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People U. brings college to the masses

Imagine getting a bachelor's degree for less money than a semesters' worth of books at Brown.

The University of the People, an online degree-granting nonprofit opening its virtual doors this spring, will do just that.

The organization is the brainchild of California-based Israeli entrepreneur Shai Reshef, who is currently chairman of a Web site offering online homework help to high school students.

Reshef said the idea grew from his years working in the online education sector.

"I found out how strong online communities can be," he said. "I thought, 'Let's take this great tool of the online study communities and bring them into academia.'"

According to its Web site, the organization will cap enrollment at 300 students in its first semester and will initially offer only two degrees, a Bachelor of Arts in Business Administration and a Bachelor of Science in Computer Science. Students will pay application fees between $15 and $50 and assessment fees between $10 and $100, depending on their home countries.

"The idea is, if you're coming from a poor country in Africa, you'll only be paying $15 for admission and $10 for exams," Reshef said.

Reshef and other donors will provide the startup funding of $5 million. The organization will be self-sustaining when it reaches its enrollment goal of 10,000 students, Reshef said.

"On a personal level, I felt that after the last 20 years in the field of for-profit education, it's my turn to give rather than take," Reshef said."We want to reach every single place on earth."

Reshef said the courses will have virtual classrooms, which will bring together 20 students from around the world every week to read and discuss course materials. Graduate students and retired and working professors worldwide will prepare the lectures and hold virtual office hours. Some staff will be paid, while others will volunteer.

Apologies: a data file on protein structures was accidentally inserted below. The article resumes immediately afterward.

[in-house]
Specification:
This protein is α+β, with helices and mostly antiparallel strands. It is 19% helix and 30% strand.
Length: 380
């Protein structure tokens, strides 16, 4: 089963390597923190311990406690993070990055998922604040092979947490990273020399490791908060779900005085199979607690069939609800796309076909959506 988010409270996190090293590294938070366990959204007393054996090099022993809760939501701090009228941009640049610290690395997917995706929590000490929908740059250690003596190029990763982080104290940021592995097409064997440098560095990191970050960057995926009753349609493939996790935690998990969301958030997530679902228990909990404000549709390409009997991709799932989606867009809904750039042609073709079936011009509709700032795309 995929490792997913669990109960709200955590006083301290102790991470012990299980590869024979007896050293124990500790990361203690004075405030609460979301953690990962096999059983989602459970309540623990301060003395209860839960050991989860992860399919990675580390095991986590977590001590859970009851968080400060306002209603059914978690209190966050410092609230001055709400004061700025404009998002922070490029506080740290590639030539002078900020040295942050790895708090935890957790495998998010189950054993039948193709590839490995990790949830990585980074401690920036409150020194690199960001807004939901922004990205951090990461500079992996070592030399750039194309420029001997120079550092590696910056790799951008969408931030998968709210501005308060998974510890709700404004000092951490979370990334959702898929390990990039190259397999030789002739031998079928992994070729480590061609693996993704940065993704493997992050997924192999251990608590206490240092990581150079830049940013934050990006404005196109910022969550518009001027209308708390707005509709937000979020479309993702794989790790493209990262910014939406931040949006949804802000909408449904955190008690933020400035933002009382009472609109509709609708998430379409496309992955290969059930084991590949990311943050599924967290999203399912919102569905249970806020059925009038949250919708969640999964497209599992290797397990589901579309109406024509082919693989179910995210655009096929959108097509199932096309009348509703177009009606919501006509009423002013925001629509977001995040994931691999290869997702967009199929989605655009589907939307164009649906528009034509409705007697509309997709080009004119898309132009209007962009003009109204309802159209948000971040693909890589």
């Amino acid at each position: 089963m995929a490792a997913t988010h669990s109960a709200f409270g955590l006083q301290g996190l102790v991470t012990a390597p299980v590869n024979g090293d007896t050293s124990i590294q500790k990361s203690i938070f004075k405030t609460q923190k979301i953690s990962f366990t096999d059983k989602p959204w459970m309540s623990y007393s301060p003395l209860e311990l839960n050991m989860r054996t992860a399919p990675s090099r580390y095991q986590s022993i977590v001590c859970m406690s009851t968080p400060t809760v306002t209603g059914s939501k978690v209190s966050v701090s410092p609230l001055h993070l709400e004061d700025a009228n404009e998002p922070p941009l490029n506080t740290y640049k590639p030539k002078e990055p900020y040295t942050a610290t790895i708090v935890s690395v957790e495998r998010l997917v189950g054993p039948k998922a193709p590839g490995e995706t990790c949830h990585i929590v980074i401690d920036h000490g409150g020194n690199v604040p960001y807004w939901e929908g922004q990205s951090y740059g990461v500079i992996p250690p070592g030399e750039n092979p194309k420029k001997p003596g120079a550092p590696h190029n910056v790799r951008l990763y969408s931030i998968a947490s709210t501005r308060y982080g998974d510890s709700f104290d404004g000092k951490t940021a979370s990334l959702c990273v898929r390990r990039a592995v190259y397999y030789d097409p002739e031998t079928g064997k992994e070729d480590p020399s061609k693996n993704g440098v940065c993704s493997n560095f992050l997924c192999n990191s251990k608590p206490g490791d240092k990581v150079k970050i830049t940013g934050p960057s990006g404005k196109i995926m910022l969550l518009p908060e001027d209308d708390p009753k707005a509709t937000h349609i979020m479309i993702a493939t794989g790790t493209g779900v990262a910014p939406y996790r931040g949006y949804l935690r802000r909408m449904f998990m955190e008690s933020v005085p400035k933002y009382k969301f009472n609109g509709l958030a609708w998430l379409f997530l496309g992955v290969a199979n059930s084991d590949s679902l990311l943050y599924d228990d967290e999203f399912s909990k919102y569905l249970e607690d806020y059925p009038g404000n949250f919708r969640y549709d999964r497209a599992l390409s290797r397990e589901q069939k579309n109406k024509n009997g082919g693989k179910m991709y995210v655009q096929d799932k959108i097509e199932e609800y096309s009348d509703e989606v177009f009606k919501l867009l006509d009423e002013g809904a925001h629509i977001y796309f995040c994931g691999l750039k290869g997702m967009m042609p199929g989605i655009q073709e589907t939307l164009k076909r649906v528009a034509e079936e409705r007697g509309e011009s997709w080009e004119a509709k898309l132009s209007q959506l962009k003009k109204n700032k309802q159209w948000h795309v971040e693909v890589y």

"Quite a few (U. People professors) are going to come from well-known universities,"

Reshef said.

The response to the initiative has been positive so far.

"We didn't expect so many people offering help in such a short period of time," Reshef said, adding that he has received numerous e-mails from academics.

The organization joins a thriving world of online education. In addition to the University of Phoenix and Kaplan University, which have Web-based degree programs, many traditional colleges and universities have made course materials available on the Internet. Numerous colleges offer lectures on iTunes U., and the Massachusetts Institute of Technology has an Open CourseWare initiative that puts most of the school's course material online free of charge.

Michael Pickett, Brown's chief information officer, said the organization is consistent with the broader goals of higher education.

"Part of the mission of all universities is to share information and to share discoveries with the world," Pickett said.

But he expressed some concerns about the efficacy of online learning.

"You can obviously get a degree online - hundreds of thousands of people do it," Pickett said. "I personally am skeptical at this point that people would come away with the same knowledge, the same relationships and the same ability to dig for solutions," provided by a traditional college education.

But Pickett also said that distance-learning ventures such as the University of the People serve a different purpose than traditional institutions like Brown.

"It's a different kind of student," he said, noting that high tuition costs force many people to use cheaper online alternatives.

Reshef agreed his organization aims to serve the underprivileged.

"There really is no comparison and no competition" between it and other schools, he said, adding that his target students "have no alternative."


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